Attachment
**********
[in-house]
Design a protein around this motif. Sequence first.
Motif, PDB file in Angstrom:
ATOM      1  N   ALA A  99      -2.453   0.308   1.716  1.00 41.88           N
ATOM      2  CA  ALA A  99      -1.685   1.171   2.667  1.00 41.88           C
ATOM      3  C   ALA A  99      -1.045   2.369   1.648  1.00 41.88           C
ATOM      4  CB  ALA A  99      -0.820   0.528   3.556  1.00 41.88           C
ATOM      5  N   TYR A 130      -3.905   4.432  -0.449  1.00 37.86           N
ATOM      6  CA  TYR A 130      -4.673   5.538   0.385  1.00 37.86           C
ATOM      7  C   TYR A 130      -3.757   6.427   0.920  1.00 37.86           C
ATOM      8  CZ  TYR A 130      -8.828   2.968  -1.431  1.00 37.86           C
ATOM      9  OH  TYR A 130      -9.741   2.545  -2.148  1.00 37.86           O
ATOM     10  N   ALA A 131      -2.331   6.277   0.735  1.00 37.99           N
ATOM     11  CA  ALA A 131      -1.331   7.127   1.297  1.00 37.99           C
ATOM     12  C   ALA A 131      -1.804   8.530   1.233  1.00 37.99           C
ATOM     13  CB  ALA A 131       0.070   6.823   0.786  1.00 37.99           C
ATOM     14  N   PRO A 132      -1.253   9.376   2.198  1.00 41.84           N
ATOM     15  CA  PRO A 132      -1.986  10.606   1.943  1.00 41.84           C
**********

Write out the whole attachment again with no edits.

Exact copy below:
[in-house]
Design a protein around this motif. Sequence first.
Motif, PDB file in Angstrom:
ATOM      1  N   ALA A  99      -2.453   0.308   1.716  1.00 41.88           N
ATOM      2  CA  ALA A  99      -1.685   1.171   2.667  1.00 41.88           C
ATOM      3  C   ALA A  99      -1.045   2.369   1.648  1.00 41.88           C
ATOM      4  CB  ALA A  99      -0.820   0.528   3.556  1.00 41.88           C
ATOM      5  N   TYR A 130      -3.905   4.432  -0.449  1.00 37.86           N
ATOM      6  CA  TYR A 130      -4.673   5.538   0.385  1.00 37.86           C
ATOM      7  C   TYR A 130      -3.757   6.427   0.920  1.00 37.86           C
ATOM      8  CZ  TYR A 130      -8.828   2.968  -1.431  1.00 37.86           C
ATOM      9  OH  TYR A 130      -9.741   2.545  -2.148  1.00 37.86           O
ATOM     10  N   ALA A 131      -2.331   6.277   0.735  1.00 37.99           N
ATOM     11  CA  ALA A 131      -1.331   7.127   1.297  1.00 37.99           C
ATOM     12  C   ALA A 131      -1.804   8.530   1.233  1.00 37.99           C
ATOM     13  CB  ALA A 131       0.070   6.823   0.786  1.00 37.99           C
ATOM     14  N   PRO A 132      -1.253   9.376   2.198  1.00 41.84           N
ATOM     15  CA  PRO A 132      -1.986  10.606   1.943  1.00 41.84           C